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Health Psychol. 1999 Jan;18(1):14-20.

Evidence suggesting the role of specific genetic factors in cigarette smoking.

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  • 1Lombardi Cancer Center, Georgetown University Medical Center, Washington, DC 20007-4104, USA. lermanc@gunet.georgetown.edu

Abstract

Twin studies suggest that propensity to smoke and ability to quit smoking are influenced by genetic factors. As a means of investigating the risk of smoking associated with genetic polymorphisms in the dopamine transporter (SLC6A3) and the D2 dopamine receptor (DRD2) genes, a case-control study of 289 smokers and 233 nonsmoking controls and a case series analysis of smokers were conducted. A significant effect for SLC6A3 and a significant gene-gene interaction were found in a logistic regression model, indicating that individuals with SLC6A3-9 genotypes were significantly less likely to be smokers, especially if they also had DRD2-A2 genotypes. Smokers with SLC6A3-9 genotypes were also significantly less likely to have started smoking before 16 years of age and had prior smoking histories indicating a longer period of prior smoking cessation. This study provides preliminary evidence that the SLC6A3 gene may influence smoking initiation and nicotine dependence.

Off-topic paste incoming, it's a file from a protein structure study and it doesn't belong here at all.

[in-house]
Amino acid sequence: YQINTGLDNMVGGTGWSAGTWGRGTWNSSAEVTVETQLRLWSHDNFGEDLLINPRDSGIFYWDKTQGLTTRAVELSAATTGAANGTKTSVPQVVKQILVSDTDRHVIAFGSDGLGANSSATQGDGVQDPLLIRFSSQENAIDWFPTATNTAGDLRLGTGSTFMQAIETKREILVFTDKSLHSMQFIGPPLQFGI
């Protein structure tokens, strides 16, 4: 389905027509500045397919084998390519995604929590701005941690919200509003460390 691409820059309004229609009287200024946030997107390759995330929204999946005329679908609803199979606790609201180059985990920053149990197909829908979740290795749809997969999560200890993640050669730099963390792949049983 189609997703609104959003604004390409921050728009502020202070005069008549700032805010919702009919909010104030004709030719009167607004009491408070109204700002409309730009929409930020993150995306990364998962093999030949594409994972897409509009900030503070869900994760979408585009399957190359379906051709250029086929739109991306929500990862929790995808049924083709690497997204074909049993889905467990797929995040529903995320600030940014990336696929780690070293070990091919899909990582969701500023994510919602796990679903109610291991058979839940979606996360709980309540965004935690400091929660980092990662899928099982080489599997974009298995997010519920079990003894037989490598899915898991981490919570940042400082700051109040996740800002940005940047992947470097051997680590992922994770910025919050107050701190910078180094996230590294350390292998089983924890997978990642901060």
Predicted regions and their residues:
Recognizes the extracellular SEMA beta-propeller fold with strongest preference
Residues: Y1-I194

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PMID:
9925041
[PubMed - indexed for MEDLINE]
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